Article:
For some time the challenge has been framed as "closing the gap". But even as far back as then Prime Minister Paul Keating's Redfern speech it was clear to anybody who listened that the problem wasn't aboriginals, it was what white invaders have done and we white occupiers continue to do. Ultimately it was about taking away their opportunity to live their own lives and condemning them to survive on the margins where it is unsurprising that many displaced from traditional support were reduced to lifestyles that converged with the poorest fraction of white society, albeit compounded by the prejudices that run rampant beneath a regime of divide and conquer. It is here that Johann Hari's account of the drug wars and the disenfranchised basis of addiction is useful. This converges with Land's strangely placed acknowledgement that there are parallel causes to which her analysis might usefully be extended, even if there is still something particularly troubling about the great Australian silence. While there are doubtless other inequities that have been even more effectively silenced, there is no doubt that recent mainstreaming of white LGBTIQ issues, physical disabilities, family violence and mental health provide instructive comparisons. Given the degree to which late stage capitalism is scrambling all humanity's eggs into one basket, my great hope is that the magical technologies that allow this to become a worldwide conversation will also speed recovery of vital local knowledge from indigenous cultures and even from other species of mobile animals with whom we are doing an even worse job of sharing our common nest.
While I stayed in Melbourne for secondary school, between 1958 and 1963 my mother Joan and a friend went to Perth and set up an alternative school, engaging local aboriginals against the wishes of Western Australian authorities, well before the 1967 federal referendum. During their last year in Perth, one of those locals, Heather, had a boy, Ricci, and, having had her previous three taken away asked Joan to look after Ricci. At the end of the year a small group including Joan, Ricci and another infant headed for Europe with the expressed aim of allowing the boys to grow up away from the oppressive regime in the West. That plan collided with the Warsaw Pact termination of the Prague Spring of 1968, after which they retreated to Australia, Joan and Ricci to Melbourne but resuming contact with Heather at every opportunity. Having fathered one child with a second on the way and back in Perth, Ricci became a black death in custody, shot by a warder, at 19, a situation which finally got me to Perth and warmly embraced by Heather and her children who had come back and followed. After years of encouragement, Heather wrote her autobiography with research co-authorship from a white fellow grandmother of challenging young aboriginals which Joan and I had the resources and experience to independently publish, Too Many Tears. Joan's sudden death took some wind out of the sails of its marketing. But it was more a consequent connection to Borroloola and John Bradley's Singing Saltwater Country followed by local environment groups' interest in restoring volcanic plains grasslands that led me to Bill Gammage's The Biggest Estate on Earth and Bruce Pascoe's Dark Emu which strengthened my wish to be supportive of restoration of indigenous sovereignty as the basis for a post-capitalist regime. I don't pretend that is my battle, nor do I fail to exploit my residual white privilege (that will all too quickly be subsumed by old age) in my back room work on environmental, transport planning and the rest of my not obviously connected interests. I accept that I am defined by the life I have been fortunate to lead and often sign off: "Giving thanks to the space, time, energy, matter and other lives that have allowed me to tell my lies on this old and damp ball of rock."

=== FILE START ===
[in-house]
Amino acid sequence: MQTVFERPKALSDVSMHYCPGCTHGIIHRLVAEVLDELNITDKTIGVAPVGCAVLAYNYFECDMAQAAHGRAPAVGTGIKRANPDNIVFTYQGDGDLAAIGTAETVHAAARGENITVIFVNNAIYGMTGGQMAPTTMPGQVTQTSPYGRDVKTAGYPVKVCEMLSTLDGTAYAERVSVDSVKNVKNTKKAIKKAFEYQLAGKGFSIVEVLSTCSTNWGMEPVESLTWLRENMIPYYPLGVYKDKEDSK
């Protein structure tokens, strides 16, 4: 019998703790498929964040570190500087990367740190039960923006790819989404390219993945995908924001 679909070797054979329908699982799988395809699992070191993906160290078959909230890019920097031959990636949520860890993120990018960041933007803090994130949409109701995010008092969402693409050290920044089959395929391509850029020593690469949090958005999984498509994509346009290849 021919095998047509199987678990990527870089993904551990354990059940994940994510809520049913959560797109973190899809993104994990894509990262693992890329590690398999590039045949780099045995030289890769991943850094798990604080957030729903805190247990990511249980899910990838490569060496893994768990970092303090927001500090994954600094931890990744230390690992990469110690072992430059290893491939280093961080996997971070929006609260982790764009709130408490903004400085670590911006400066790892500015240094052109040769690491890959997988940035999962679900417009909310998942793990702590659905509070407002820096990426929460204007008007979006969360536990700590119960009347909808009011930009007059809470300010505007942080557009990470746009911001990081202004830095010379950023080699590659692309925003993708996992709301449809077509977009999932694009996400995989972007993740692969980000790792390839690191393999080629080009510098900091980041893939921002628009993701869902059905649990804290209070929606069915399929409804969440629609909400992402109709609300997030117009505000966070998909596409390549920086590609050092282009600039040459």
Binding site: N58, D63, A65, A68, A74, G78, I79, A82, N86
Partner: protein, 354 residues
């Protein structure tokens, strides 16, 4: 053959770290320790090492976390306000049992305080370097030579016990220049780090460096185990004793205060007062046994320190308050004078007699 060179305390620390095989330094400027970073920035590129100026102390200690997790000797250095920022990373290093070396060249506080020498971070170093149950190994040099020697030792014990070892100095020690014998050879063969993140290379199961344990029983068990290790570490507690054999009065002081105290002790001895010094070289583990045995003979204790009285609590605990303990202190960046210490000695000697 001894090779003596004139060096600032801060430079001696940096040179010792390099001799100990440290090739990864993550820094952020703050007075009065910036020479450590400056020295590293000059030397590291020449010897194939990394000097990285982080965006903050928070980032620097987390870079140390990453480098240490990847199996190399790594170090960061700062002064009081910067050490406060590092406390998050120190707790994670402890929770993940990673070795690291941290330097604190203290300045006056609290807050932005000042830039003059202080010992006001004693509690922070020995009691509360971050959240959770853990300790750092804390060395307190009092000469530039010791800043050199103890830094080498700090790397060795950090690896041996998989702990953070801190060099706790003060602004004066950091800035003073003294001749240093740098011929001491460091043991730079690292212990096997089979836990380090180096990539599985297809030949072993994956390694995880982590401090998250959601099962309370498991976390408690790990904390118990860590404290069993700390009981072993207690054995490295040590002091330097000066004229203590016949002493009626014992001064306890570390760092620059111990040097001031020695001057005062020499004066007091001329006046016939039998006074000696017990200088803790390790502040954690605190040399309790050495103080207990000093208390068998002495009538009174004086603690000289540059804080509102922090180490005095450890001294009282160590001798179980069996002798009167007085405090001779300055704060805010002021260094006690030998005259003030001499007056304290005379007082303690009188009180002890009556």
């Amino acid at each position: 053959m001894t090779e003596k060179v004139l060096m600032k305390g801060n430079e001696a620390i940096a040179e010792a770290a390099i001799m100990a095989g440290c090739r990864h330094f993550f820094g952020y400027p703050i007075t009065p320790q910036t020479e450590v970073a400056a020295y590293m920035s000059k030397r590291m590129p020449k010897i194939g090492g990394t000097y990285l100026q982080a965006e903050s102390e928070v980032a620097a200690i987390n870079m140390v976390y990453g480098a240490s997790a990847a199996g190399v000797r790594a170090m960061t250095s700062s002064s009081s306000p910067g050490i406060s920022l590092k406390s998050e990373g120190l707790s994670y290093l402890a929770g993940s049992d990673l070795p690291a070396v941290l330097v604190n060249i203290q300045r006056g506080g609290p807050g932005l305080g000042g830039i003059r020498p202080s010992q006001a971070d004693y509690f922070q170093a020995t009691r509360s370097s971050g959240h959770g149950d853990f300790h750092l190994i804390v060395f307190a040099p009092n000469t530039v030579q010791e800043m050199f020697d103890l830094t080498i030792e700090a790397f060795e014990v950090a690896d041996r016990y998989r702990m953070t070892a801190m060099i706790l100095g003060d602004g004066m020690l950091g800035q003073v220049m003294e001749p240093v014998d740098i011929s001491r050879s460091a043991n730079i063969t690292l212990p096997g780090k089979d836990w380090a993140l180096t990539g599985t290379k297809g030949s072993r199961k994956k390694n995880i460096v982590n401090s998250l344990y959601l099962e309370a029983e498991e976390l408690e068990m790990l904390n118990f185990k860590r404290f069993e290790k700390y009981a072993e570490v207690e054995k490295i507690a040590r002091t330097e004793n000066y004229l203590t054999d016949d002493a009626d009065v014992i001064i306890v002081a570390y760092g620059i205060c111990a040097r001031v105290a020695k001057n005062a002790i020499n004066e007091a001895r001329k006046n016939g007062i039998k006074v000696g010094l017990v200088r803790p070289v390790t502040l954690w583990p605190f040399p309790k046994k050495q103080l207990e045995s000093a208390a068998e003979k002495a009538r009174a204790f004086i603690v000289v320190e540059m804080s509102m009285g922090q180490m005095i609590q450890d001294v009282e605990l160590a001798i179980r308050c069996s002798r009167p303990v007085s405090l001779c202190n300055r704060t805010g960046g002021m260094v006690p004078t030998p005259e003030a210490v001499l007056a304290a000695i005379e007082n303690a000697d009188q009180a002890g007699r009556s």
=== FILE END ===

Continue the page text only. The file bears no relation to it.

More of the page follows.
Clare Land's struggle to find a comfort zone between awareness of what was done by the British invasion that made our lives possible and the heroic efforts of aboriginal survivors to regain the strengths of cultures torn apart in that process, rightly raises questions we all should ask ourselves and try to genuinely answer, however inadequately. The only thing we can change is the future, but that prospect will be greatly assisted by wider recognition of past brutalities and ongoing prejudice that have lain hidden behind whiteness and the great silence. Decolonizing Solidarity is a valuable entry point to or stepping stone on that journey. It might save you from hitting a few walls.